“Would you like a prostate exam?” asked my physician, as we were wrapping up my physical.
I asked her how many people say yes to that question.
“More than you’d think,” she responded.
That was a weird thing to say.
“I suppose I should,” I answered.
The only reason I said yes is because she did not have hands the size of Andre the Giant’s. No one wants a prostate exam administered by someone with Andre-the-Giant–sized hands. I had ascertained her hand size many years ago, in anticipation of this very reason.
The whole prostate exam experience is demeaning to a man. Necessary of course, but extremely demeaning. From the popping of the latex glove as it is slipped onto the insertion hand, to the non-probing hand resting on your shoulder as you bend over, pant-less and sobbing . . . It’s like a clinical version of prison. Or, at least how I’d imagine prison.
I’ve had prostate exams before. In the grand scheme of things, they aren’t that bad.
“You may feel a little pressure,” she said. Then, suddenly, entry.
Her finger was in there for quite a bit longer than I would’ve liked.
“Too bad you don’t use MapQuest,” I said, in an attempt to break the awkward silence.
“You use humor when you are uncomfortable, don’t you?” she asked.
I wasn’t sure what gave her that impression.
After what seemed like hours of searching, she found my prostate and starting plucking at it as if it were a peach she was trying to pick from the highest branch of a tree.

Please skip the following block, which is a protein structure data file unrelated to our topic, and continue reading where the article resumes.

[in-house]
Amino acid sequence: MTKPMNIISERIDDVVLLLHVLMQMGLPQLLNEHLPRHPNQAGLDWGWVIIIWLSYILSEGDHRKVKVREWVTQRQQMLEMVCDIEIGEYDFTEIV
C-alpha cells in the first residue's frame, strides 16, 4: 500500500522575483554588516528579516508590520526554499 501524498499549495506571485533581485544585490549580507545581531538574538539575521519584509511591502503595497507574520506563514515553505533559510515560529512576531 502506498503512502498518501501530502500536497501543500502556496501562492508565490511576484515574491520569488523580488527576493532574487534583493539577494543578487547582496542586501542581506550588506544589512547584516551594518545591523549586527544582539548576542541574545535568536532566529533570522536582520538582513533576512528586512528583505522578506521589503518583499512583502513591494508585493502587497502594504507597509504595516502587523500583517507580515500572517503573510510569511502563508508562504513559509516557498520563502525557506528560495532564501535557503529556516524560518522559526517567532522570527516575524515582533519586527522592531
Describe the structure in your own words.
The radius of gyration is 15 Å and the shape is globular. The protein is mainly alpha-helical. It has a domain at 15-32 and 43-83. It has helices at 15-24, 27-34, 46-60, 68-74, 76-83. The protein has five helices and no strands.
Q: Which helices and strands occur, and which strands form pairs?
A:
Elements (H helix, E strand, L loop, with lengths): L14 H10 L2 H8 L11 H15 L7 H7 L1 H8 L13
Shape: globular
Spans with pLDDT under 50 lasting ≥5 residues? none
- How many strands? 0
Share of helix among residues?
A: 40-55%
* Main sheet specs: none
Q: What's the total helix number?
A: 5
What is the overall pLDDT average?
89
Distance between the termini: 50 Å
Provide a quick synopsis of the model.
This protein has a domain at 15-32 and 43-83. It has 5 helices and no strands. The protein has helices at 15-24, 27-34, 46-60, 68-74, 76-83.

My eyes started watering. My spirit nearly broken, I exclaimed, “There’s Waldo!”
“You are a funny guy,” she replied.
She continued poking at my prostate, almost trying to antagonize it into fighting.
“Rent is inexpensive, but I’m going to ask for a security deposit,” I said.
“There you go again,” she responded.
Finally, she removed her digit from my rectum and told me to pull up my pants.
“Was it good for you?” she asked, giving me a dose of my own medicine.
I shrugged my shoulders and remained stoic, considering whether I should pay a visit to her HR department on the way out.
“Everything seems fine,” she stated, “though your prostate did feel a little soft.”
“Soft?” I asked, puzzled. “You mean . . . like . . . wimpy?”
“No. Just a little tender.”
“Is that normal?”
She looked at me for a second and said, “It’s not abnormal.”
In my experience, a doctor shouldn’t really describe something to a patient that sounds weird but isn’t of concern.
“Overall, you appear to be in good physical condition,” she said. “Your sarcasm levels are off the charts, though.”
“Are you going to give me a prescription for that?”
She rolled her eyes and told me to have a nice day.